Towards Perfect Health - Selections from Sri Aurobindo and Mother
Health is a subject of perennial interest, given the precarious balance of human existence. Much has been written and debated on the subject and each is useful in its own place. But nowhere does one find the depth and wideness of vision as in the writings of Sri Aurobindo and the Mother. This vision includes all details, putting each in its just measure, right proportion, and true relation to the total scheme of things.
For this very reason it is not easy to bring out a compilation of their writings. Every compiler has a tendency to look at the vastness of the Truth they have given to earth and men from his own narrow angle of vision, to express his own subjective tilt and preference. The average reader, perhaps unable to appreciate the exact shade and context of the excerpt, may run the risk of sometimes turning a wide and plastic truth into a fixed formula. It is important therefore not to use a compilation for quoting purposes, but to try living some of the truths that naturally and spontaneously appeal to us. For only when we live a vision can we truly begin to understand its depth and subtlety. The Mother cautions us:
Each one has his own idea and finds out suitable sentences from Sri Aurobindo’s writings to support his views. Those who oppose such views can also find suitable sentences from his writings. That is the way mutual opposition works. Nothing can be truly done until Sri Aurobindo’s total view of things is taken.
10 October 1954
Words of the Mother. CWM 13: 22
Most compilations suffer from this difficulty and this one is no exception. By choosing a few out of the many more things said about the subject, the compiler often ends up overstressing some points while omitting or downplaying others. Unless care is taken, this may create an impression in the mind of a novice reader that this is all that has been said on a subject and sometimes tend to turn an axiomatic truth into a dogmatic one. Sri Aurobindo cautions us against this tendency:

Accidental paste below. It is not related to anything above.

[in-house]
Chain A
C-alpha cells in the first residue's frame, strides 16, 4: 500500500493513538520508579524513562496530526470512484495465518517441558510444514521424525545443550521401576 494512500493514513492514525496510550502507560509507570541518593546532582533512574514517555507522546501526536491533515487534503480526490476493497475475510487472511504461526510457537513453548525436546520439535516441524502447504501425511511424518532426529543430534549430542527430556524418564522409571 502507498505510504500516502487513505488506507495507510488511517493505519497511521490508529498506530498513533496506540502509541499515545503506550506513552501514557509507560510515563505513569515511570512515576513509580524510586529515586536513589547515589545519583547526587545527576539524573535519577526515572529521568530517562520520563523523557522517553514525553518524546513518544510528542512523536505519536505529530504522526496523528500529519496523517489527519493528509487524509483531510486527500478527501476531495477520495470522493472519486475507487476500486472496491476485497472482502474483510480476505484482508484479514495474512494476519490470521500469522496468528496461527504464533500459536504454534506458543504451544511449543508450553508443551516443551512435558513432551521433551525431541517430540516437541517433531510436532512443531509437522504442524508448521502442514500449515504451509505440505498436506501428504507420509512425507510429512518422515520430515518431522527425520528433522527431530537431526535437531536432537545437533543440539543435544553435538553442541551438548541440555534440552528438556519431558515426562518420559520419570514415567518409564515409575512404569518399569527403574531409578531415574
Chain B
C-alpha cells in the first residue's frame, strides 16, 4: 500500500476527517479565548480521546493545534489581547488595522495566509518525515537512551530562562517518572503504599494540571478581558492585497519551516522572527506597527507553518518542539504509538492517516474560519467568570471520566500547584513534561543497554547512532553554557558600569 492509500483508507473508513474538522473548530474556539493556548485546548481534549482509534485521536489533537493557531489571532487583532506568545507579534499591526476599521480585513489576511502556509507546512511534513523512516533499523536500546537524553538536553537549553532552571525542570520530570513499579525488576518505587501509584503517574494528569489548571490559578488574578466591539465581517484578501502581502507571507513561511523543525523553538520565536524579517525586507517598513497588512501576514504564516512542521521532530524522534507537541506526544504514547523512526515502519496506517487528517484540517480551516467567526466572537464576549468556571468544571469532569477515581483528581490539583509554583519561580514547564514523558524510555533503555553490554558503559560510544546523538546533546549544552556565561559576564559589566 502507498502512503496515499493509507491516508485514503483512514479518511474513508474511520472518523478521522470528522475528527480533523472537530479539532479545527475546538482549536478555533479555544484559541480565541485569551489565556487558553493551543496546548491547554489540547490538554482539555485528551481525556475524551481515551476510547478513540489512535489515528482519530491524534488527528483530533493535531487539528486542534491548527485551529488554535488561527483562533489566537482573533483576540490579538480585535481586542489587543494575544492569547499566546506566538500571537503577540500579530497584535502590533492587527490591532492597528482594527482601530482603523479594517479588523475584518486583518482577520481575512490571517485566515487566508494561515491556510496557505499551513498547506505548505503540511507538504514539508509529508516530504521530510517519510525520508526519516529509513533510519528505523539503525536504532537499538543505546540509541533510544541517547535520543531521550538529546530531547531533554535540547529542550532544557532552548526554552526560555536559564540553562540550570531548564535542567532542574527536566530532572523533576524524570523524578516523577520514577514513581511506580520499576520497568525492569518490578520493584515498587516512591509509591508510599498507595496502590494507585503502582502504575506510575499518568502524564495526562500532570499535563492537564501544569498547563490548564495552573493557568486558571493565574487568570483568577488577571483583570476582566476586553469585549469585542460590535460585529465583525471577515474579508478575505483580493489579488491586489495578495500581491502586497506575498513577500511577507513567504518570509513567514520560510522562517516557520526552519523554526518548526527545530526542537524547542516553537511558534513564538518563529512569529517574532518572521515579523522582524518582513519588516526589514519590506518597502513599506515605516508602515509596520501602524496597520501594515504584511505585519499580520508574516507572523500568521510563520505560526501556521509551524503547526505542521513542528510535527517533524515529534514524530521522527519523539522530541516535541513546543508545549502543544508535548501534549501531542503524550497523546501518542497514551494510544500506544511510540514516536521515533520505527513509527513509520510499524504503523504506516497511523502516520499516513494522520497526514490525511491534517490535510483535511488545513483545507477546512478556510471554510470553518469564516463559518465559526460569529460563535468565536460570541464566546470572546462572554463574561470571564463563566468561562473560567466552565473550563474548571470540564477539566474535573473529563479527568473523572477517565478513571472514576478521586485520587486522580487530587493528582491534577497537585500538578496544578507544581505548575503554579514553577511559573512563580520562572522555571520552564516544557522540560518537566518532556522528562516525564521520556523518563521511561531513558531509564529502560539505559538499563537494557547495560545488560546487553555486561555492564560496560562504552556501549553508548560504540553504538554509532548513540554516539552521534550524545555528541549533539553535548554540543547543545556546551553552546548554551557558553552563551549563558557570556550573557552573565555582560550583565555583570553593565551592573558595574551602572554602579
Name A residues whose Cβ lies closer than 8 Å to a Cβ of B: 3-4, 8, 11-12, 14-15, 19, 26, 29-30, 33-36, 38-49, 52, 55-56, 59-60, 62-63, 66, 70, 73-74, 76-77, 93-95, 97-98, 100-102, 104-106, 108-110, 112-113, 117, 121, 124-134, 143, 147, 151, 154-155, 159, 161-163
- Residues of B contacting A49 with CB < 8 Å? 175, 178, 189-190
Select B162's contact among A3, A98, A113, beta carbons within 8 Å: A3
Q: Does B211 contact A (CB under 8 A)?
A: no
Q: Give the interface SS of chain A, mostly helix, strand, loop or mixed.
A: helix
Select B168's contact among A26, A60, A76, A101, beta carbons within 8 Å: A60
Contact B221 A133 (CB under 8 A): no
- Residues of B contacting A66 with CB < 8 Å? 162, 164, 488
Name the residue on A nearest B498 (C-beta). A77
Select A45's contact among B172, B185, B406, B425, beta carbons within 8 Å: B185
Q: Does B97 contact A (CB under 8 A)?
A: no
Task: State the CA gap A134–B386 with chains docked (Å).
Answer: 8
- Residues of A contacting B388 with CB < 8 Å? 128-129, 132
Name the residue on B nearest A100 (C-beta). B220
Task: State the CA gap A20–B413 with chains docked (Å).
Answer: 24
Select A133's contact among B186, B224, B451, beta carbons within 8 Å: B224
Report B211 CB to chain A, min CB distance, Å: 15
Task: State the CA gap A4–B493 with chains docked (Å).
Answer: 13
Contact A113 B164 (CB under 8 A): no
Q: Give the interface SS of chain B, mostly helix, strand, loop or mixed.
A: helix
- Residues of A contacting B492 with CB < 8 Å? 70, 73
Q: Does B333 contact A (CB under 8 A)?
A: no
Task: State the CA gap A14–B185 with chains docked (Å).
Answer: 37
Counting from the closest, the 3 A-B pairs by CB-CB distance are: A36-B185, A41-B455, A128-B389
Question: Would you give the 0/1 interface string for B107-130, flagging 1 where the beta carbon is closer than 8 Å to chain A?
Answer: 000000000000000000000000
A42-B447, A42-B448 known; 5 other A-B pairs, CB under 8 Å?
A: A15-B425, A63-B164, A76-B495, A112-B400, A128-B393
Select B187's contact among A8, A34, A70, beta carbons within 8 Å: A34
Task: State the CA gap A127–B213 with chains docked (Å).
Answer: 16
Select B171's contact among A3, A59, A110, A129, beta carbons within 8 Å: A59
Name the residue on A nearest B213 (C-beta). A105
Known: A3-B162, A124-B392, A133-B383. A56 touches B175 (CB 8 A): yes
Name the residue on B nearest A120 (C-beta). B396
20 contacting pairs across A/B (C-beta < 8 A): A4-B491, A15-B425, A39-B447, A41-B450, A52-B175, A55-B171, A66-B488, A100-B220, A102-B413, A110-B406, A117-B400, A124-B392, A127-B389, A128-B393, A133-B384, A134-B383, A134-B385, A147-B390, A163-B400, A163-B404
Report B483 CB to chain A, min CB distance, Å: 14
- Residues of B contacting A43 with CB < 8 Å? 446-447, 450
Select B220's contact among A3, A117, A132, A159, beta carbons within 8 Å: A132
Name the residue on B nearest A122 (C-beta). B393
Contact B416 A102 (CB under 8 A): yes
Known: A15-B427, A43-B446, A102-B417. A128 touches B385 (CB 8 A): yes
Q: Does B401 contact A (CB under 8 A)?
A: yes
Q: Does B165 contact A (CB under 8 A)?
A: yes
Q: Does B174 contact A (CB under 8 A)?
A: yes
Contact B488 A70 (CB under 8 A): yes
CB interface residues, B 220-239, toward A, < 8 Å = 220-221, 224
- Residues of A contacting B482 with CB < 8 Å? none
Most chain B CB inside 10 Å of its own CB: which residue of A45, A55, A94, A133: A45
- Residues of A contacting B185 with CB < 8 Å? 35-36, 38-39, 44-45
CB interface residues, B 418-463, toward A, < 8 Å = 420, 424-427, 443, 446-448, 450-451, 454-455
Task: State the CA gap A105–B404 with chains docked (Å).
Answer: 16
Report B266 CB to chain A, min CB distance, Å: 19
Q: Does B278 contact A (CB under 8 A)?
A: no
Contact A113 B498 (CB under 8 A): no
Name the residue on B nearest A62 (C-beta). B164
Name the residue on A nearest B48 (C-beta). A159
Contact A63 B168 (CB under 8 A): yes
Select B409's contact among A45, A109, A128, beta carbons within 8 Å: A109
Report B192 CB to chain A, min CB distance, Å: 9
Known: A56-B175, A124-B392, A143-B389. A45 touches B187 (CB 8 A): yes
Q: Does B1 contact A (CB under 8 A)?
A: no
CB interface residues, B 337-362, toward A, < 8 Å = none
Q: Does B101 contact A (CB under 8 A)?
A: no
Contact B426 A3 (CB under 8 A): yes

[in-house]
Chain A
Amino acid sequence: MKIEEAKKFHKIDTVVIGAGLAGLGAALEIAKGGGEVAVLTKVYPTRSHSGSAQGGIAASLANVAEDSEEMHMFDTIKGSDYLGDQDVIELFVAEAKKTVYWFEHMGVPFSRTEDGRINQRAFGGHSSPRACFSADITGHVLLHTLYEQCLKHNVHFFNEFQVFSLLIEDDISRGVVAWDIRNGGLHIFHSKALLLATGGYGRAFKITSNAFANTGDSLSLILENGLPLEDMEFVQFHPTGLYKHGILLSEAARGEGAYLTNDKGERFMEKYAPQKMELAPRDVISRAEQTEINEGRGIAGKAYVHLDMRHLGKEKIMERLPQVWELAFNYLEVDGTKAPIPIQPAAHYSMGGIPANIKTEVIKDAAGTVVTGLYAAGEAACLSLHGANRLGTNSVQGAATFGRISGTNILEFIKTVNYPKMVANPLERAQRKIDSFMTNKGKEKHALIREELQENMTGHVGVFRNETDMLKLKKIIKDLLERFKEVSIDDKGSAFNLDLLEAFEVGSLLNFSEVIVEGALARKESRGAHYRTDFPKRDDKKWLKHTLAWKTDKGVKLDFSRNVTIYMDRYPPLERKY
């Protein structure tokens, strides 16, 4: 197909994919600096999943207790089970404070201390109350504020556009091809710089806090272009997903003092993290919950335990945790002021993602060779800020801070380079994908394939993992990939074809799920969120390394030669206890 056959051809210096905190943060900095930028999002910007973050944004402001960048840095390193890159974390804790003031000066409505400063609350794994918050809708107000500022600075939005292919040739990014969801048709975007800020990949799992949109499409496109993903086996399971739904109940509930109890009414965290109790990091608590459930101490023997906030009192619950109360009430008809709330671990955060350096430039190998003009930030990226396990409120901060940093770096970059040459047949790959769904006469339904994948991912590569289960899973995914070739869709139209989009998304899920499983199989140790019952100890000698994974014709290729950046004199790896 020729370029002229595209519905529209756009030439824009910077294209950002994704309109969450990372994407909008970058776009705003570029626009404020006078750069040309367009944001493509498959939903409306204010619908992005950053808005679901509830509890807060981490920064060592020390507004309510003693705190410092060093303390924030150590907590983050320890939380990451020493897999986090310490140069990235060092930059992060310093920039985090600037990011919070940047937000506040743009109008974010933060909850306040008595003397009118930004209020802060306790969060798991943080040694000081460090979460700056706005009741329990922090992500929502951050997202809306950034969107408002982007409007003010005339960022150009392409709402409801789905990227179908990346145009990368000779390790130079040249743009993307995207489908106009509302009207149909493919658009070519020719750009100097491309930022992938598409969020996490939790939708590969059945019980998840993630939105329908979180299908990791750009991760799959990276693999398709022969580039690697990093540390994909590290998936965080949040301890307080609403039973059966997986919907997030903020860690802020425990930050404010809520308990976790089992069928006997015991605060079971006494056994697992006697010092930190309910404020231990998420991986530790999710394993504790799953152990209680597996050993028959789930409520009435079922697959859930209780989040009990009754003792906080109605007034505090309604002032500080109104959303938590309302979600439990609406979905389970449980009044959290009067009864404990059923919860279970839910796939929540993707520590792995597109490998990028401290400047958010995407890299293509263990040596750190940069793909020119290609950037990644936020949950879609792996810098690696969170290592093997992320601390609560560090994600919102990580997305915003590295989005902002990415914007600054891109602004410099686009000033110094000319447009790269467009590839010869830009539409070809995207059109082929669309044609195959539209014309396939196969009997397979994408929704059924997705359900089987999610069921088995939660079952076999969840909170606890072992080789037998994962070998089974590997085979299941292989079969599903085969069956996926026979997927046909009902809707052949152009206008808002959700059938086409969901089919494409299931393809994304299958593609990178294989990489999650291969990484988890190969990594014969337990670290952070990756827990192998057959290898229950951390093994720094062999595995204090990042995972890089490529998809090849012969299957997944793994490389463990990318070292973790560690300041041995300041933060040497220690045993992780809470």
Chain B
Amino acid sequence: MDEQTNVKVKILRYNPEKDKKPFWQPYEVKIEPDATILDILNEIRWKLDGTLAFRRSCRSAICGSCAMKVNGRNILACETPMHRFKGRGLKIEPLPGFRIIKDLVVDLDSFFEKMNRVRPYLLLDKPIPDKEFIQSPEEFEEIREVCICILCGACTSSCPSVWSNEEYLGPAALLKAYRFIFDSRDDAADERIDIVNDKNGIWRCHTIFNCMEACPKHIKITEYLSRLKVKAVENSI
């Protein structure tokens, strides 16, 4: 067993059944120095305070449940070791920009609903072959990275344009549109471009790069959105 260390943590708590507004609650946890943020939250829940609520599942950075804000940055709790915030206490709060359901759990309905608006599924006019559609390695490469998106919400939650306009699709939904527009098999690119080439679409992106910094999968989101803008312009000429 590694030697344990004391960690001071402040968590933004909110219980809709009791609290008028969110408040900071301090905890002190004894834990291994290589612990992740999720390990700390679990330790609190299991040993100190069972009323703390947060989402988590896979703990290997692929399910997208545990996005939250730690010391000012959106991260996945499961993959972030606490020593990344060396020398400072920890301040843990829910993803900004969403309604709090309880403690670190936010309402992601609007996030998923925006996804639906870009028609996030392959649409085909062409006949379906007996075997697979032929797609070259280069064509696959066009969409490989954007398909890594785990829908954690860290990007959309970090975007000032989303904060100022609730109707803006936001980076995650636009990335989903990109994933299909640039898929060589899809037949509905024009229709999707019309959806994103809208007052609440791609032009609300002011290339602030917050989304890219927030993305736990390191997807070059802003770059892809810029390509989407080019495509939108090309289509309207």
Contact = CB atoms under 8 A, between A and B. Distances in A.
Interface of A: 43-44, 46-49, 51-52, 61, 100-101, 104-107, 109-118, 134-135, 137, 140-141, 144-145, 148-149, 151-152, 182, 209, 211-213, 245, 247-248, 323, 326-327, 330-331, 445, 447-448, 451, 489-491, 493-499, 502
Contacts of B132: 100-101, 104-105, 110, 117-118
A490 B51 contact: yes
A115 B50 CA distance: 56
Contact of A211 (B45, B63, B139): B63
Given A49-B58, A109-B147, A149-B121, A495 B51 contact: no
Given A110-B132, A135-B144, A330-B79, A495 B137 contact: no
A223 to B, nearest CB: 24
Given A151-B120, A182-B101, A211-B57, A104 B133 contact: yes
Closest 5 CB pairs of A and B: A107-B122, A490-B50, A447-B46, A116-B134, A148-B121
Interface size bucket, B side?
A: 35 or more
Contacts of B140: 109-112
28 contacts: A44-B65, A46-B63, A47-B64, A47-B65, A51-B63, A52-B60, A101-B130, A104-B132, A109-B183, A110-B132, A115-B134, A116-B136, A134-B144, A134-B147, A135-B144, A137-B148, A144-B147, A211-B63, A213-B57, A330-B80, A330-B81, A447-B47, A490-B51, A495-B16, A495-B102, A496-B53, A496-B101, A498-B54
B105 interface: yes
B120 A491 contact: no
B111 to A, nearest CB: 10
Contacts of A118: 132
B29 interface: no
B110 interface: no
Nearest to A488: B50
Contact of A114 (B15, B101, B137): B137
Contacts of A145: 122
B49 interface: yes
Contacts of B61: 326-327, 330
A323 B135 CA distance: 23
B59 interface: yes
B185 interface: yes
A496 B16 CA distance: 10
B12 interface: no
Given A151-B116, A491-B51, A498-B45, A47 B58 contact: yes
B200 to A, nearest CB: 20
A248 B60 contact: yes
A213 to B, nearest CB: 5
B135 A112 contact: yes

It is not always safe to apply practically to oneself what has been written for another. Each sadhak is a case by himself and one cannot always or often take a mental rule and apply it rigidly to all who are practising the yoga. What I wrote to X was meant for X and fits his case, but supposing a sadhak with a different (coarse) vital nature unlike X were in question, I might say to him something that might seem the very opposite, “Sit tight on your lower vital propensities, throw out your greed for food—it is standing as a serious obstacle in your way; it would be better for you to be ascetic in your habits than vulgarly animal in this part as you are now.” To one who is not taking enough food or sleep and rest in the eagerness of his spirit, I might say, “Eat more, sleep more, rest more, do not overstrain yourself or bring an ascetic spirit into your tapasya.” To another with the opposite excess I might speak a contrary language. Each sadhak has a nature or turn of nature of his own and the movement of the yoga of two sadhaks, even where there are some resemblances between them, is seldom exactly the same.
Letters on Yoga
SABCL 22-24: 859-60
Given these inherent limitations, this compilation (as well as other compilations) still serves very useful purposes. Firstly, it gives us a sort of overview of the subject, a general and broad outline as it were. Secondly, it presents the subject in a very handy and easily referable format. Each entry is subtitled and the passages are relatively short and simple. It is this which makes it an easy-to-read book. Though the subtitles sometimes do not seem to flow smoothly into each other, this is a minor and incidental flaw, perhaps the inevitable result of transposing an exhibition directly into book form. Thirdly, the passages selected give a direct and practical feel. Many of the sentences chosen have a strong mantric appeal, musing on which can change one’s entire perspective on life. Finally, as in all compilations, it brings us directly in touch with the Force inherent in the words of Sri Aurobindo and the Mother.
No doubt there are some omissions; also the stress is largely on the aspects of physical health. Perhaps that is why the title Towards Perfect Health is justified; the ‘towards’ holding out a hope of several other companion volumes to come that would cover all aspects of health from every side and give us a more complete picture. The present volume is rather like a trailer that gives us beautiful hints and suggestions; or as if the compilers have led us to their chosen spots on the banks of a wide river of knowledge and insight, inviting us to enter its purifying waters. It is now for the reader to decide how far and deep he or she wishes to go in their personal exploration.
— Dr Alok Pandey
Dr Pandey, psychiatrist and philosopher, is a seeker on the path of Sri Aurobindo’s yoga. He writes and lectures extensively on varied issues of life and yoga.